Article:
It can be said there are three main types of stretching. These include static, dynamic and Proprioceptive Neuromuscular facilitation (PNF) stretching.
How are they performed?
To perform static stretching, you take a muscle to the point where tension is felt, and hold this position for a specific amount of time, usually 30 seconds to 1 minute.
PNF stretching is similar to static stretching where you take a muscle to the point of tension, however a muscle contraction is added in at this point. The muscle contract is usually held for 5 to 10 seconds, followed by a static stretch into a new range that the contraction afforded.
Dynamic stretching involves moving a joint through its full range of motion with speed, usually to the point where tension is felt, for example a leg swing.
What effect do they have on you?
In the short term, they all are able to increase your range of motion, with varying level of effectiveness. Given the same time spent stretching, PNF stretching gives you the greatest increase in range of motion, followed by static and dynamic.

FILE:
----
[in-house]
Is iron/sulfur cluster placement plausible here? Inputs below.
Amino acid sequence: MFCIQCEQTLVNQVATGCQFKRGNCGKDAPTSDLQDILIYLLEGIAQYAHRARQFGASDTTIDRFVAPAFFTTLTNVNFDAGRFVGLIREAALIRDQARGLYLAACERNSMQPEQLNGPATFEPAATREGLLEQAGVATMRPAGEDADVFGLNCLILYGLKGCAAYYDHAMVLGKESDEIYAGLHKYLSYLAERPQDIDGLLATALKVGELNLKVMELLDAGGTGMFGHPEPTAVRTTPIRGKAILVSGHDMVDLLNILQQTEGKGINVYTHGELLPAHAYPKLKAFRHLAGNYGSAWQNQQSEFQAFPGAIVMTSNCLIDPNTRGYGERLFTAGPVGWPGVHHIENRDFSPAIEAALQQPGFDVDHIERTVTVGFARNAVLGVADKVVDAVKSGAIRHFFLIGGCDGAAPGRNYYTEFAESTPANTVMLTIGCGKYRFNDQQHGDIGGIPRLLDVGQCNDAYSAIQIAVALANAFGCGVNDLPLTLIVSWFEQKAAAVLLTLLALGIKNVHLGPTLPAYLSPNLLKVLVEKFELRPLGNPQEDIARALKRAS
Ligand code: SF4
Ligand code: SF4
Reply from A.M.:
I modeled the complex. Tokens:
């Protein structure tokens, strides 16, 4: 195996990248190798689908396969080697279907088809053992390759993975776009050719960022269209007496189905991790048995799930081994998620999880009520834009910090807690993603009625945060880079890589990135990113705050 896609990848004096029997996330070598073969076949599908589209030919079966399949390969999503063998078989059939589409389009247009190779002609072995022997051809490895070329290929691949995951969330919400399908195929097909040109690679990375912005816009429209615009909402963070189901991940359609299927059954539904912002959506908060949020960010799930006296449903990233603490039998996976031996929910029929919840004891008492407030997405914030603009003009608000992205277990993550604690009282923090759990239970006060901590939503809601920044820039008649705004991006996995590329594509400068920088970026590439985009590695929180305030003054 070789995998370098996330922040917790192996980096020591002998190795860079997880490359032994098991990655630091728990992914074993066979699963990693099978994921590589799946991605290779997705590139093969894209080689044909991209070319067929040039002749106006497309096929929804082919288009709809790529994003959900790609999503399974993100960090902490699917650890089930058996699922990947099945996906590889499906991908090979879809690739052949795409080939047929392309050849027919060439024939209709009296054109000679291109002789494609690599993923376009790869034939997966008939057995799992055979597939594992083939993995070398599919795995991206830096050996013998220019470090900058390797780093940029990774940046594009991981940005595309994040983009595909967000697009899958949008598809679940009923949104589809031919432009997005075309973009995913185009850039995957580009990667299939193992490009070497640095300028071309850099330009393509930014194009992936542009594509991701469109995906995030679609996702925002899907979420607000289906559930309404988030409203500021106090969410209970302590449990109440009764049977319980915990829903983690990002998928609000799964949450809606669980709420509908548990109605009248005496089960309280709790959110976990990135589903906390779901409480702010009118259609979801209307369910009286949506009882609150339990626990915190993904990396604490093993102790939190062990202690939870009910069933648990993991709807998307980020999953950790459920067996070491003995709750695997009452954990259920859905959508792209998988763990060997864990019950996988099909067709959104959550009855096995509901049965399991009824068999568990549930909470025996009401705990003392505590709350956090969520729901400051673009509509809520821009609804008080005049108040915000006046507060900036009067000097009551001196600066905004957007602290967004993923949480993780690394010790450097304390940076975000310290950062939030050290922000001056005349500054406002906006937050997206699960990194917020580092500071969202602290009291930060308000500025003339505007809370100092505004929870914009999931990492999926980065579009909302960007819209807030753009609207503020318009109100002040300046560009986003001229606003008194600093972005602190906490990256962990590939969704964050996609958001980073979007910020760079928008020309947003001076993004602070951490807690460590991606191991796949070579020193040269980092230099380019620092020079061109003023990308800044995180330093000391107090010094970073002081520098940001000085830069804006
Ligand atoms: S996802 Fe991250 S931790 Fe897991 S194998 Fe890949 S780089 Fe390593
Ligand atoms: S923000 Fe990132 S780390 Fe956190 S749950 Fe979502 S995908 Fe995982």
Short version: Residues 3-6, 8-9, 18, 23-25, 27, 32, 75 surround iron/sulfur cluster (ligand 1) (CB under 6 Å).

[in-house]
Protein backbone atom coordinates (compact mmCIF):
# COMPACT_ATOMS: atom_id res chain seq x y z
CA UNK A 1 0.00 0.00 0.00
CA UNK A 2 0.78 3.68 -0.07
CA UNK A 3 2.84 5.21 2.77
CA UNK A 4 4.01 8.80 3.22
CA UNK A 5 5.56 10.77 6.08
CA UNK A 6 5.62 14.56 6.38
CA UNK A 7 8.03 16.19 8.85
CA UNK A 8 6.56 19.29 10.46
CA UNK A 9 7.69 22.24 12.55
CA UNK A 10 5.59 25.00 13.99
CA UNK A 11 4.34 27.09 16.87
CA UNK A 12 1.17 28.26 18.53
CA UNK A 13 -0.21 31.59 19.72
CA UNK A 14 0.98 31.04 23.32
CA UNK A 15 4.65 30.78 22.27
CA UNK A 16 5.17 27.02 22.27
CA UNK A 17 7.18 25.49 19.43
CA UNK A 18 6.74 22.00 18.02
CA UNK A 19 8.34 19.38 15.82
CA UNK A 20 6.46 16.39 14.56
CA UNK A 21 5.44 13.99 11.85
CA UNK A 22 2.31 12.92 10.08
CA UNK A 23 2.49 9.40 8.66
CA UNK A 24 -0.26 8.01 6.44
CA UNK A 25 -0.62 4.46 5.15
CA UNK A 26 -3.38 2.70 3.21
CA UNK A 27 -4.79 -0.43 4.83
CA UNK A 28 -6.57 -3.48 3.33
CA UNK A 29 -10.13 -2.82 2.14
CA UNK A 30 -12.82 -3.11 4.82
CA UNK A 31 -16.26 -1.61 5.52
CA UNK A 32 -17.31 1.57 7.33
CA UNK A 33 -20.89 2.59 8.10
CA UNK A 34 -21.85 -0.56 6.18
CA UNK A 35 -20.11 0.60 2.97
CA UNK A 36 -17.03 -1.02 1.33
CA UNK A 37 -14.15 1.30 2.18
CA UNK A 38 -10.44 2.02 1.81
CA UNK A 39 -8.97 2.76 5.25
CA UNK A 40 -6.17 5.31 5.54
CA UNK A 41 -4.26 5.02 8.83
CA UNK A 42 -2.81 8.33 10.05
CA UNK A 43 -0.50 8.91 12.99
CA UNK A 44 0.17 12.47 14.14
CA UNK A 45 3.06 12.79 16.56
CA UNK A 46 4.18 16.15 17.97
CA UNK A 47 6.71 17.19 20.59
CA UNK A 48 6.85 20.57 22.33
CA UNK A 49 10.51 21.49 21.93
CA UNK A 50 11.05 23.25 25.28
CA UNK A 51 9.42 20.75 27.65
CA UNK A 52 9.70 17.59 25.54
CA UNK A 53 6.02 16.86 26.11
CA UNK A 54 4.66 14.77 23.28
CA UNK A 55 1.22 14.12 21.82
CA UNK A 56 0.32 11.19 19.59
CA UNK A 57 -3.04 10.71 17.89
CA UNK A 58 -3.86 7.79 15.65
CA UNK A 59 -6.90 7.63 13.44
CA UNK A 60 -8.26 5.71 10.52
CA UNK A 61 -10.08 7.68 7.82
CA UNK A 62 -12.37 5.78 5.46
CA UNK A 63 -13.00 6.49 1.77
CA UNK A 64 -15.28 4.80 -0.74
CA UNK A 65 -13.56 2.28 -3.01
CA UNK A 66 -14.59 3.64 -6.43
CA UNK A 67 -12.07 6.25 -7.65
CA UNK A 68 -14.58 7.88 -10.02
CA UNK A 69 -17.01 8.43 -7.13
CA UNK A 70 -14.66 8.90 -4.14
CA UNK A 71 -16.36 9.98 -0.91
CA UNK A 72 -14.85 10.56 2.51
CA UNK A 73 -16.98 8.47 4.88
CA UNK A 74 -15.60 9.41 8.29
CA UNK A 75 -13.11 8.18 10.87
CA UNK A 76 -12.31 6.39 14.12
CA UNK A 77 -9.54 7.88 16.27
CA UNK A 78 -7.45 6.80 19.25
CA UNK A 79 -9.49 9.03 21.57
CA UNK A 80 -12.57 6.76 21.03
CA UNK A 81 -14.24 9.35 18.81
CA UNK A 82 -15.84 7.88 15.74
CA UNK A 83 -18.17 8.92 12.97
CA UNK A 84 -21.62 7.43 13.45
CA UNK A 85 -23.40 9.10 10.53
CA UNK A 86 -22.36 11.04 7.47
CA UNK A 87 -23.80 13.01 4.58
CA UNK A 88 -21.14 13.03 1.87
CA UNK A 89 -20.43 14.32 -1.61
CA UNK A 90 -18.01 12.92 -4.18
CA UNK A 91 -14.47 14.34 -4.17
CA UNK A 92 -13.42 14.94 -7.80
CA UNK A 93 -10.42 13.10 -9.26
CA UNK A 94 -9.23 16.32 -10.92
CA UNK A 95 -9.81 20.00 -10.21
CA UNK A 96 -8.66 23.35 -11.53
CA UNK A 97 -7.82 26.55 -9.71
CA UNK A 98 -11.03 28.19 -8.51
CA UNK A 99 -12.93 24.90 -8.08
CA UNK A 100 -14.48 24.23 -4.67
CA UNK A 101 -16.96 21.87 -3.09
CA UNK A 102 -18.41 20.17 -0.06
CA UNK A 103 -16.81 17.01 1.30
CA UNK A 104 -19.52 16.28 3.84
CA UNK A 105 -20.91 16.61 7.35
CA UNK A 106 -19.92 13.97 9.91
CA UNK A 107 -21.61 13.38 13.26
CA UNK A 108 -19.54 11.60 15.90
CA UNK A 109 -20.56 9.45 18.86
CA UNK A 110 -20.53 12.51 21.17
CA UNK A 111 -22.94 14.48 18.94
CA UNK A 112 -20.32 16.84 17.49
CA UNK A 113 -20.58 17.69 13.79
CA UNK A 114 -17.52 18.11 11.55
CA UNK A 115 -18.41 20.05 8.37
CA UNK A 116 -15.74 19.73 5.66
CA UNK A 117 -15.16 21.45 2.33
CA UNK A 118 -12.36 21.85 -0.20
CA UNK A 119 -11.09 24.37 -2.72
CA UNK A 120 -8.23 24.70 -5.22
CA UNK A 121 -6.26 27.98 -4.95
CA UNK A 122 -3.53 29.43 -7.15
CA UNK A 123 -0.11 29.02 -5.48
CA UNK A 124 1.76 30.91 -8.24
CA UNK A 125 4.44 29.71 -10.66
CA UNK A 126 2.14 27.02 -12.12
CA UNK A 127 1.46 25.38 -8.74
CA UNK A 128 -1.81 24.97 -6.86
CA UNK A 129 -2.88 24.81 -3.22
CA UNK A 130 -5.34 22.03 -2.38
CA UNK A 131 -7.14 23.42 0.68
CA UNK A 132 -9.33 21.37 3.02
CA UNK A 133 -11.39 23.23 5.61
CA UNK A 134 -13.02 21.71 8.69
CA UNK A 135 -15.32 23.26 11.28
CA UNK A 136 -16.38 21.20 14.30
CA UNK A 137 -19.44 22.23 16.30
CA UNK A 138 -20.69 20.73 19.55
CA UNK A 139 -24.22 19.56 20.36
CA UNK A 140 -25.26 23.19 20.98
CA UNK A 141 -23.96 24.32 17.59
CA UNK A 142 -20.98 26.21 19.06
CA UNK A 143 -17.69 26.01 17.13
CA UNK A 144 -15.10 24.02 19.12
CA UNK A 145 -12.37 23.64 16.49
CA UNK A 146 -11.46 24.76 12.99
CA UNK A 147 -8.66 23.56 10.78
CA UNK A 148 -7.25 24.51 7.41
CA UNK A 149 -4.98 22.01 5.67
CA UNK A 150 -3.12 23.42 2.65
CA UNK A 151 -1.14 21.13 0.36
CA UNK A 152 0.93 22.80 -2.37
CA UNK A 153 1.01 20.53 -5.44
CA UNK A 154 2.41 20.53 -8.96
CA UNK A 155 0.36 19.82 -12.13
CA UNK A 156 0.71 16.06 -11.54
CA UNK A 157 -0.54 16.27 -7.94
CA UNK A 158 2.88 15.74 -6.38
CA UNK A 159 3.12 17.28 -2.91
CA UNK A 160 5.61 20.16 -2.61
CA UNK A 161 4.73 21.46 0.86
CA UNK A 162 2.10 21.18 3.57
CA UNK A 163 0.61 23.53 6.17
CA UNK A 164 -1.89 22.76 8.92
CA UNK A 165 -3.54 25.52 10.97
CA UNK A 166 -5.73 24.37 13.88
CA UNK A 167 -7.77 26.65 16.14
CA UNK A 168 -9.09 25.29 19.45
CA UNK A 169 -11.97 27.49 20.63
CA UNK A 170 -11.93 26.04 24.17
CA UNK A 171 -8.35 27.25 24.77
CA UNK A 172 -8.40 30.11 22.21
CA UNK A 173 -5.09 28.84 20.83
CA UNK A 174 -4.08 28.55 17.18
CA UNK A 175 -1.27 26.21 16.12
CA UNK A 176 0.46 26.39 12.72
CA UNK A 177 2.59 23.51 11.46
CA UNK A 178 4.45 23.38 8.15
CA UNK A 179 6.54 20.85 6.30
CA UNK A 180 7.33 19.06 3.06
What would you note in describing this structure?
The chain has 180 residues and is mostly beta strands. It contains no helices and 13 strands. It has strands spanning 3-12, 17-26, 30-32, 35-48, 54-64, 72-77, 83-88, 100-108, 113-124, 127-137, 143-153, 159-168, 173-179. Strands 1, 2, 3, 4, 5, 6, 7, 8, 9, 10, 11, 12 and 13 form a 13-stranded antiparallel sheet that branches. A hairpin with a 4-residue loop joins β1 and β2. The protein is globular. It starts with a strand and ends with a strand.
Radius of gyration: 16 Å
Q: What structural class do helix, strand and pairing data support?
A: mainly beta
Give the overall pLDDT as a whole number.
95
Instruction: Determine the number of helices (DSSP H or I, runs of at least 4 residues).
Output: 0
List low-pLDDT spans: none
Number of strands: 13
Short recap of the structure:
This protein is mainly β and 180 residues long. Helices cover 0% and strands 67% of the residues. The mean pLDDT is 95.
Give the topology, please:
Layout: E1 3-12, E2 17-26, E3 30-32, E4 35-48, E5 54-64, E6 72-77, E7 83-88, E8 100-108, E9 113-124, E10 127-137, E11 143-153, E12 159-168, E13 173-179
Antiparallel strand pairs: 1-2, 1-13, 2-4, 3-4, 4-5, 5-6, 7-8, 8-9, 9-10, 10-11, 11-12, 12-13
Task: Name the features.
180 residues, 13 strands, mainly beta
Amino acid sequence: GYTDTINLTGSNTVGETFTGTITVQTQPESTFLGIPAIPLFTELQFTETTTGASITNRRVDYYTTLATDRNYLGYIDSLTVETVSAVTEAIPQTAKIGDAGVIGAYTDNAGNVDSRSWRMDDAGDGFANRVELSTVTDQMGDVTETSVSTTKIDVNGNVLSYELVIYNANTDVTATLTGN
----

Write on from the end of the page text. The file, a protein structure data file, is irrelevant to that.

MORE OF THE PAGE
However, in terms of performance and muscle force output, both PNF and static stretching decrease your athletic ability. In fact, PNF causes the biggest decrease in many aspects including force output, power production, reaction time, sprinting and jumping. Not to worry though, these effects wear off after 24-48 hrs.
Interestingly, dynamic stretching has actually been shown to increase performance variable while still giving a noticeable gain to range of motion, making it the perfect addition to a warm up.
In the long term, stretching will increase the length of tissue giving a more permanent range of motion increase.